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Which groups or activities were you most involved in at ASU? What did you gain from that involvement?
I was involved with the Programming & Activities Board for all four years of college. I worked my way up from photographer (which was funny, because I knew nothing about taking pictures) to the director of campus events, where I was charged with getting companies to give us money to set up events on campus.
It was great to have the opportunity to work with big brands like Microsoft and Crest. This experience helped me navigate the red tape in working with big corporations and institutions like ASU while also acquiring new skills in contract negotiation, marketing, event planning, and management. It was a blast!
How did your education at ASU prepare you for your current job or business?
Looking back at my time at ASU, I realize now how truly fortunate I was in making the decision to become a Sun Devil. I am incredibly proud to be an alum of the W. P. Carey School of Business. My business school classes were challenging, and also provided real-world case studies for me to learn from.
Also, being a student at the largest university in the nation forced me to come out of my shell and stand out. That meant getting to know my professors, getting involved with student government, and not being shy about speaking up or taking the lead in group projects. All of these things helped me prepare, not only for my first job, but also to eventually launch my nonprofit organization, Move For Hunger.
How did ASU help you achieve your dream?
The friends I made and the experiences I had at ASU will carry on with me forever. Some of the people I met during my time at ASU have played significant roles in my organization. For instance, my friend Jon – whom I met in my dorm freshman year – built Move For Hunger's first website and updated it for the first two years - free of charge! My classes, my professors, and my student government experiences all helped me prepare to take on the challenge of launching a national hunger-relief organization – even though I didn't know it at the time.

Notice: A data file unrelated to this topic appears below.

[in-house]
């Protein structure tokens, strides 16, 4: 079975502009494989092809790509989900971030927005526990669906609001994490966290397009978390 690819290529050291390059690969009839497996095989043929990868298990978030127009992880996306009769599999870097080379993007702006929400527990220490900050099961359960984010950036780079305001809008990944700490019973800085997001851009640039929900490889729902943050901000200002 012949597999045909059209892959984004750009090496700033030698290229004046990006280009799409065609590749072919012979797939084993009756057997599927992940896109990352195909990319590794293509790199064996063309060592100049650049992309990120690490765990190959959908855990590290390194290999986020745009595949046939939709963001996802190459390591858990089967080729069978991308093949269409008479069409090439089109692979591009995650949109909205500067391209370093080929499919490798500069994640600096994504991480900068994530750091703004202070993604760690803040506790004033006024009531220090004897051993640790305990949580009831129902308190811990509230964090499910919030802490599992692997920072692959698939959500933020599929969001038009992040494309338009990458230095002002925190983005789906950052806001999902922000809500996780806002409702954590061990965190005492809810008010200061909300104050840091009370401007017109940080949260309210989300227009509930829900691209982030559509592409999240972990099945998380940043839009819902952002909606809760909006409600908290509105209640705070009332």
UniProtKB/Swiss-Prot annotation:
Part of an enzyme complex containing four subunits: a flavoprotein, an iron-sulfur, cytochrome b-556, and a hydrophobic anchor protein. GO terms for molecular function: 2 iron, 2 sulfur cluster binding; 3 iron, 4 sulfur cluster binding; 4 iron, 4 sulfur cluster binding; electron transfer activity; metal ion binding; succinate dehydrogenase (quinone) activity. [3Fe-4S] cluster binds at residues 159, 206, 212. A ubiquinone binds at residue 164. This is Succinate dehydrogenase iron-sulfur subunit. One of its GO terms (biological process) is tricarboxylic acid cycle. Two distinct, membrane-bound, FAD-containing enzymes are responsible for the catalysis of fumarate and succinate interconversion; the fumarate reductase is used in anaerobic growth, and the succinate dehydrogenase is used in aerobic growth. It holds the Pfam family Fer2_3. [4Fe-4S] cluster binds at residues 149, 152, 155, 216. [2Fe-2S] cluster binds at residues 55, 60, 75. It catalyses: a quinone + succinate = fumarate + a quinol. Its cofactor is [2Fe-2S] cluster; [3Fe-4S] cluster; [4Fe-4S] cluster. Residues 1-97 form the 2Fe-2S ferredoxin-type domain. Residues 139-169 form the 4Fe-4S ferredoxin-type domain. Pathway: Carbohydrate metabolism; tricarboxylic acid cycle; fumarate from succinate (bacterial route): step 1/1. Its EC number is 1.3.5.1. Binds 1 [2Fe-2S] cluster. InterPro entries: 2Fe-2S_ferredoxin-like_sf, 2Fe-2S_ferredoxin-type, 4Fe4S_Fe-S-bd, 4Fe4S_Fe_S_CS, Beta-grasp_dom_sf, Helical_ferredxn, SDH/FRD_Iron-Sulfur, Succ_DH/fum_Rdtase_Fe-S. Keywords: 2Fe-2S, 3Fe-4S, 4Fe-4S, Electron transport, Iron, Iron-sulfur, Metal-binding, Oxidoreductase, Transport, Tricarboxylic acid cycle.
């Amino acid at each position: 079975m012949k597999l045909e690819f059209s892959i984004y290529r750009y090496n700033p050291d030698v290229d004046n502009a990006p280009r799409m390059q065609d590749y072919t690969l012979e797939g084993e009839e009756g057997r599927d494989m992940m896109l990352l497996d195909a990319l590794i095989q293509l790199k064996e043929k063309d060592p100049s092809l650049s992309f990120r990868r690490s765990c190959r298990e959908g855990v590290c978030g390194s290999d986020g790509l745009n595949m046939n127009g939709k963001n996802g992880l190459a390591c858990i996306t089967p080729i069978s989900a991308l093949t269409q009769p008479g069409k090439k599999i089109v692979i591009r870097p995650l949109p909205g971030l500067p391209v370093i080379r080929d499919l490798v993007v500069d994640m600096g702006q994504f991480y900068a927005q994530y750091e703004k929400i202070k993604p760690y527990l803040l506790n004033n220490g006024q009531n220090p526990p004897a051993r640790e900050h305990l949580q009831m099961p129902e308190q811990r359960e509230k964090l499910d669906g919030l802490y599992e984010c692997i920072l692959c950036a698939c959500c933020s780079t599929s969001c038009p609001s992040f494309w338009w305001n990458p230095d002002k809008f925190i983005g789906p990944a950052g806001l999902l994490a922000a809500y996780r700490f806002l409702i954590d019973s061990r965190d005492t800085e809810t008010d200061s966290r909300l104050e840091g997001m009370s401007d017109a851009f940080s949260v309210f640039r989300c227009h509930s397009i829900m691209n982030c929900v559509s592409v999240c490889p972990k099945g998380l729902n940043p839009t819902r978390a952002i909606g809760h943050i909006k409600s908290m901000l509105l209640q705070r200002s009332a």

Describe an ASU faculty member whose teaching or scholarship had a significant impact upon you.
I'll never forget Jim Spiers, who taught Marketing 101. It was my first class for my major, and boy did he make an impression. Jim was a big man with a big booming voice. He refused to use a microphone, which was smart, as it forced us to listen. He was the most animated and fun of any of my professors during my time at ASU. In fact, on our second day of class, he climbed up on top of a desk to emphasize an important point during the lesson.
It was a great class that forced us to think creatively. I went back and visited him several years later to tell him about the organization I had launched, and it meant so much to me to hear his positive feedback and support.
What are three “can’t-miss” ASU experiences every Sun Devil should participate in?
What advice would you have for today’s ASU students?
Make the most of your college experience. Four years flies by! Get involved, and don't be afraid to stand out in the crowd. ASU is an incredible place from the faculty who will support you to the life-long friends you'll meet.
Meet new friends, make mistakes, and fail – a lot. You're here to learn, and it's the safest place to figure out who you are and where you're going. Bleed maroon and gold, and never miss a football game.